Biological products such as monoclonal antibodies (mAbs) are prone to protein aggregation during production. Aggregation leads to challenges in the production environment, impacting the efficiency of purification operations. More importantly, it can lead to drug safety concerns for patients; high levels of aggregates can over-stimulate the patient’s immune system, resulting in adverse responses. For these reasons, the aggregate level in drug products is considered a critical quality attribute, and aggregate control throughout both upstream and downstream processing is a focus area for biomanufacturers.
Aggregates are formed by association of multiple protein molecules (multimers) held together permanently or reversibly. They range from as few as two to many associated protein molecules.
Aggregate control starts with clone selection upstream and continues downstream with careful control of elution from capture chromatography and incubation in low pH viral inactivation steps. Excipients and stabilizers can be used to minimize aggregate formation while chromatographic steps downstream are used for efficient aggregate removal. The efficiency of some downstream operations such as virus filtration can be significantly impacted by the presence of aggregates, and adsorptive prefiltration is often used to minimize batch-to-batch variability and enhance process robustness.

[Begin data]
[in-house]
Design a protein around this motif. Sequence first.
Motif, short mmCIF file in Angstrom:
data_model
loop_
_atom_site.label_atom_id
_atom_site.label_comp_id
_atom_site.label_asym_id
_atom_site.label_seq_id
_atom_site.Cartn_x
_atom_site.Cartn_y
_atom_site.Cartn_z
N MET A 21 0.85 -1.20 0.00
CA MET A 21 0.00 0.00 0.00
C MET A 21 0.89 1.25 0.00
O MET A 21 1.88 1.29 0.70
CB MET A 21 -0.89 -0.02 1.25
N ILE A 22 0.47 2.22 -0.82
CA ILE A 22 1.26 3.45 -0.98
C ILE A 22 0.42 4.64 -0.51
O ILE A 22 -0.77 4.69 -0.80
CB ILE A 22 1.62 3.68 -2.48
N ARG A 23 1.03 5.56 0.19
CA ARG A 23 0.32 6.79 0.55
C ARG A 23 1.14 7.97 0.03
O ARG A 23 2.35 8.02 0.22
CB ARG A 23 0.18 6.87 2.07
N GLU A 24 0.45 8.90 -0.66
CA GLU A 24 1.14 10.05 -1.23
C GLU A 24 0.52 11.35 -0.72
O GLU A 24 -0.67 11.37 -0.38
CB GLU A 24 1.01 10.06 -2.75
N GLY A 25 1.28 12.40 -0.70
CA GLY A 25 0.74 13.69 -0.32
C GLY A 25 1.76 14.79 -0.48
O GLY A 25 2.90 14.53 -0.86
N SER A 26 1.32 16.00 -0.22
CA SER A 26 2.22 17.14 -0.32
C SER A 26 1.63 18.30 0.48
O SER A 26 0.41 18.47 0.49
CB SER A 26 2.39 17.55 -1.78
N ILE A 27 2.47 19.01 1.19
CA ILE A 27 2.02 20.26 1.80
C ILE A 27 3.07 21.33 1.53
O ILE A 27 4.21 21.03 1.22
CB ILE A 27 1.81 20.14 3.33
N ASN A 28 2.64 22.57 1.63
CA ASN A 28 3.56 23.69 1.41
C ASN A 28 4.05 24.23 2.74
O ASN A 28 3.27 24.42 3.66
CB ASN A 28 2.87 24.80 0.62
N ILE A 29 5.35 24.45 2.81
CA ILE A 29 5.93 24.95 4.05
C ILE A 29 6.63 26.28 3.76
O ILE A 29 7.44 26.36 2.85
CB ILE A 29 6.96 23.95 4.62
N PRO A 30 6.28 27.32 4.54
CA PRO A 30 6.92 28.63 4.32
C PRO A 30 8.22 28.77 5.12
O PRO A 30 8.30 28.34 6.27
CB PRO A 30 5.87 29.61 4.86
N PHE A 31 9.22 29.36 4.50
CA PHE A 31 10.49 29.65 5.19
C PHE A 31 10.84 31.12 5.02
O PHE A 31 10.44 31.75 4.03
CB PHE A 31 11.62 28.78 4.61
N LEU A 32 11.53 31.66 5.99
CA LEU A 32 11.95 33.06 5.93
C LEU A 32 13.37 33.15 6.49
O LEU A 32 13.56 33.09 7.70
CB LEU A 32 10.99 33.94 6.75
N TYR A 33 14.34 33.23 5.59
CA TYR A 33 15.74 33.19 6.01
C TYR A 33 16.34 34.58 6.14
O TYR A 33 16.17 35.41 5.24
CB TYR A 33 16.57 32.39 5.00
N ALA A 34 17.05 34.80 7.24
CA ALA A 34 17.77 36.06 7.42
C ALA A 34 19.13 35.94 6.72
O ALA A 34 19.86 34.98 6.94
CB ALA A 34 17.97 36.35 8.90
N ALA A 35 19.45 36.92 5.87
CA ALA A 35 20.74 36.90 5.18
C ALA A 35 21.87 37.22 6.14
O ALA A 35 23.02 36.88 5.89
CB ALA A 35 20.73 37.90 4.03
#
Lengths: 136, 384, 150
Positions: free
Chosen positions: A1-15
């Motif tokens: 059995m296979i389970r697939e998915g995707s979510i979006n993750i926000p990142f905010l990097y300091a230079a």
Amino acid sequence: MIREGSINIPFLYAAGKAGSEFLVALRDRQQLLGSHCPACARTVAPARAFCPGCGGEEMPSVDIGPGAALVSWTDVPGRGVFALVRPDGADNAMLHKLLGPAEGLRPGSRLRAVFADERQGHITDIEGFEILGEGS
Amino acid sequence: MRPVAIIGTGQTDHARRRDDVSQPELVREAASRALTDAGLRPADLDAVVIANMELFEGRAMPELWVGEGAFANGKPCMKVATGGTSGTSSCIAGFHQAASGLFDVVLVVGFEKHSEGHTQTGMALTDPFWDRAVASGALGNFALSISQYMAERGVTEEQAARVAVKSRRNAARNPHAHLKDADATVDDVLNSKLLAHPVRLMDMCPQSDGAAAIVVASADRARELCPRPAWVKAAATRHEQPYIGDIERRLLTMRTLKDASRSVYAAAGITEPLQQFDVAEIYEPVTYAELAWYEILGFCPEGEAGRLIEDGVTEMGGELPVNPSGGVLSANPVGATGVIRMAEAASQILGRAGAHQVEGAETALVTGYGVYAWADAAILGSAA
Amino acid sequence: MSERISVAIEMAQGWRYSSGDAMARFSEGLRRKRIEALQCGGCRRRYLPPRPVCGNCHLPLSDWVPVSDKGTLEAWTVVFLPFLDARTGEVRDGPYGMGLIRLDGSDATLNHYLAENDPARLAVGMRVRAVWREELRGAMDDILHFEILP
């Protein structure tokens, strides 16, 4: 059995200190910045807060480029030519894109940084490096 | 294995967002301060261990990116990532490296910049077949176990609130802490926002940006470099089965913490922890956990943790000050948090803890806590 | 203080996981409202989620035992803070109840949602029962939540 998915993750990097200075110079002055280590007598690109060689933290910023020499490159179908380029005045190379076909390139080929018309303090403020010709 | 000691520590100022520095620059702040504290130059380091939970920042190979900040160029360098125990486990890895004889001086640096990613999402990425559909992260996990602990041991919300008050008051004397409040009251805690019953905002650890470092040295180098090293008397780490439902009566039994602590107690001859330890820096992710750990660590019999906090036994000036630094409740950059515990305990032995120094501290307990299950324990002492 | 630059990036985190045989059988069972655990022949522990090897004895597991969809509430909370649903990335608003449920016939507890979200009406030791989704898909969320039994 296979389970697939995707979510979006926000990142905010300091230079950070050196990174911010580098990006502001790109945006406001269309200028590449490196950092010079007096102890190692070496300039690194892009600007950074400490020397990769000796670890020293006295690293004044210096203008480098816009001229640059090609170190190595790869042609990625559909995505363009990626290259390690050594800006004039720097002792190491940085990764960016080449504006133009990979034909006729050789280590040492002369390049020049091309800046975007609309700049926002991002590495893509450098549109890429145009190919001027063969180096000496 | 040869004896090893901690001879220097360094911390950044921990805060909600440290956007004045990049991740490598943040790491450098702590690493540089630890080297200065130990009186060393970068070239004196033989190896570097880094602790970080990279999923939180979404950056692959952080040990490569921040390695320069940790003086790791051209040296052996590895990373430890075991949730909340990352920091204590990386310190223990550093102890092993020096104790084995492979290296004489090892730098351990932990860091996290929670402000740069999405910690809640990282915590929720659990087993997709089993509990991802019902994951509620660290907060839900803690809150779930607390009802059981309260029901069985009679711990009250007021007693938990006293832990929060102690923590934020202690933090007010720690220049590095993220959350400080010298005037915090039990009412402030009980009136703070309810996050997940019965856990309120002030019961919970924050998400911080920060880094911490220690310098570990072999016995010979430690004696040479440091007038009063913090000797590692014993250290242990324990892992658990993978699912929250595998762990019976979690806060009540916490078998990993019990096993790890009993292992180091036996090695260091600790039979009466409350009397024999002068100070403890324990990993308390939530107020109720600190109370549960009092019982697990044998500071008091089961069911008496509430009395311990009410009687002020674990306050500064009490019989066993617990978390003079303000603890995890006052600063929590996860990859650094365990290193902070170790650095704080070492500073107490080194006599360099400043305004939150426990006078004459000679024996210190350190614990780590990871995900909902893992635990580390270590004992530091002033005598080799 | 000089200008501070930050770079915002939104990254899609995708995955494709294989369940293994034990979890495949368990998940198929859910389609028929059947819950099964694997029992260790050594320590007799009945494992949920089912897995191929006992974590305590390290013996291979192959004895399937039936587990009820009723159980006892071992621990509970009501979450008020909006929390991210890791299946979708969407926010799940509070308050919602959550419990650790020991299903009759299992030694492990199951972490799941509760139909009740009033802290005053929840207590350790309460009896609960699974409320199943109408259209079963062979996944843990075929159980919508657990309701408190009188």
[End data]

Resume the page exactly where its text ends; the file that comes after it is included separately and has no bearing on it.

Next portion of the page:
Approaches to minimize aggregate formation include:
Minimizing aggregates improves process efficiency, at a time when flexibility and speed to market are increasingly important.
Increased process understanding has led to advancements in mAb manufacturing that include efficiencies in both upstream and downstream processing
The upstream process begins with cell line development and includes all steps up to cell harvest, with the goal of increasing cell densities and product titers to maximize mAb production
From cell harvest through final filling into vials, the comprehensive focus of downstream bioprocessing is on purification while controlling bioburden and assuring viral safety, in order to provide confidence in drug safety for patients
Final filling of drug products must meet stringent requirements for sterility, integrity, cleanliness, operational safety, and efficiency
Based on the principles of “prevent, detect, and remove,” viral safety combines risk analysis with careful selection of raw materials, extensive testing of raw materials and process intermediates, and implementation of virus reduction steps in downstream processing
All mAb production processes are at risk for microbial contamination, requiring a process design with control strategies to mitigate the risk, as well as bioburden monitoring to assure process control
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